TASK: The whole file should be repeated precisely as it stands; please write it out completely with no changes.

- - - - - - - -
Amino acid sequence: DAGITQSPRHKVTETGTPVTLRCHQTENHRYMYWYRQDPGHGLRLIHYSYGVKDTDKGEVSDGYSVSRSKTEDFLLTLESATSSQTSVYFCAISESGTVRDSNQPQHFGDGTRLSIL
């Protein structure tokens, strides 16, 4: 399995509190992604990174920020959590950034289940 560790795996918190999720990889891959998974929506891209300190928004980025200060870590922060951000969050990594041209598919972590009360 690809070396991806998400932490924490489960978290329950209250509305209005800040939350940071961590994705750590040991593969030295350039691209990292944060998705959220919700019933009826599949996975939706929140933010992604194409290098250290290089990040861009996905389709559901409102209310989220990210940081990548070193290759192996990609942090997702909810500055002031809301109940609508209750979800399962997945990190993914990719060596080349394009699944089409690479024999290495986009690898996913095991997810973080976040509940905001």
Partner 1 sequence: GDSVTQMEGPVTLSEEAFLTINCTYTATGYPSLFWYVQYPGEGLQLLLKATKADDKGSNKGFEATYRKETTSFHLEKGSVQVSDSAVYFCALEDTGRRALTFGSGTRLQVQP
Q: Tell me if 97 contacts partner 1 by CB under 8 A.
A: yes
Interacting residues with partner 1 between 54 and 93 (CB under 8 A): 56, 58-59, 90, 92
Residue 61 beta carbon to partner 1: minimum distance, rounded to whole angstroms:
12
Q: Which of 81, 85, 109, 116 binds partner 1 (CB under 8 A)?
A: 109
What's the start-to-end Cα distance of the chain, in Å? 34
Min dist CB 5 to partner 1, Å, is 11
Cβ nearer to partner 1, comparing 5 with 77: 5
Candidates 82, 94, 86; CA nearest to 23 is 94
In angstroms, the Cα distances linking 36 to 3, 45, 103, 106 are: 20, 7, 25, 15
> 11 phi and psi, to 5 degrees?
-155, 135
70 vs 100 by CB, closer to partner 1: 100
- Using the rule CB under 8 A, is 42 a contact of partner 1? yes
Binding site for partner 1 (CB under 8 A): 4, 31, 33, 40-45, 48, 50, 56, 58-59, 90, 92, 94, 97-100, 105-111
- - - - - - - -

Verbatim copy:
Amino acid sequence: DAGITQSPRHKVTETGTPVTLRCHQTENHRYMYWYRQDPGHGLRLIHYSYGVKDTDKGEVSDGYSVSRSKTEDFLLTLESATSSQTSVYFCAISESGTVRDSNQPQHFGDGTRLSIL
């Protein structure tokens, strides 16, 4: 399995509190992604990174920020959590950034289940 560790795996918190999720990889891959998974929506891209300190928004980025200060870590922060951000969050990594041209598919972590009360 690809070396991806998400932490924490489960978290329950209250509305209005800040939350940071961590994705750590040991593969030295350039691209990292944060998705959220919700019933009826599949996975939706929140933010992604194409290098250290290089990040861009996905389709559901409102209310989220990210940081990548070193290759192996990609942090997702909810500055002031809301109940609508209750979800399962997945990190993914990719060596080349394009699944089409690479024999290495986009690898996913095991997810973080976040509940905001």
Partner 1 sequence: GDSVTQMEGPVTLSEEAFLTINCTYTATGYPSLFWYVQYPGEGLQLLLKATKADDKGSNKGFEATYRKETTSFHLEKGSVQVSDSAVYFCALEDTGRRALTFGSGTRLQVQP
Q: Tell me if 97 contacts partner 1 by CB under 8 A.
A: yes
Interacting residues with partner 1 between 54 and 93 (CB under 8 A): 56, 58-59, 90, 92
Residue 61 beta carbon to partner 1: minimum distance, rounded to whole angstroms:
12
Q: Which of 81, 85, 109, 116 binds partner 1 (CB under 8 A)?
A: 109
What's the start-to-end Cα distance of the chain, in Å? 34
Min dist CB 5 to partner 1, Å, is 11
Cβ nearer to partner 1, comparing 5 with 77: 5
Candidates 82, 94, 86; CA nearest to 23 is 94
In angstroms, the Cα distances linking 36 to 3, 45, 103, 106 are: 20, 7, 25, 15
> 11 phi and psi, to 5 degrees?
-155, 135
70 vs 100 by CB, closer to partner 1: 100
- Using the rule CB under 8 A, is 42 a contact of partner 1? yes
Binding site for partner 1 (CB under 8 A): 4, 31, 33, 40-45, 48, 50, 56, 58-59, 90, 92, 94, 97-100, 105-111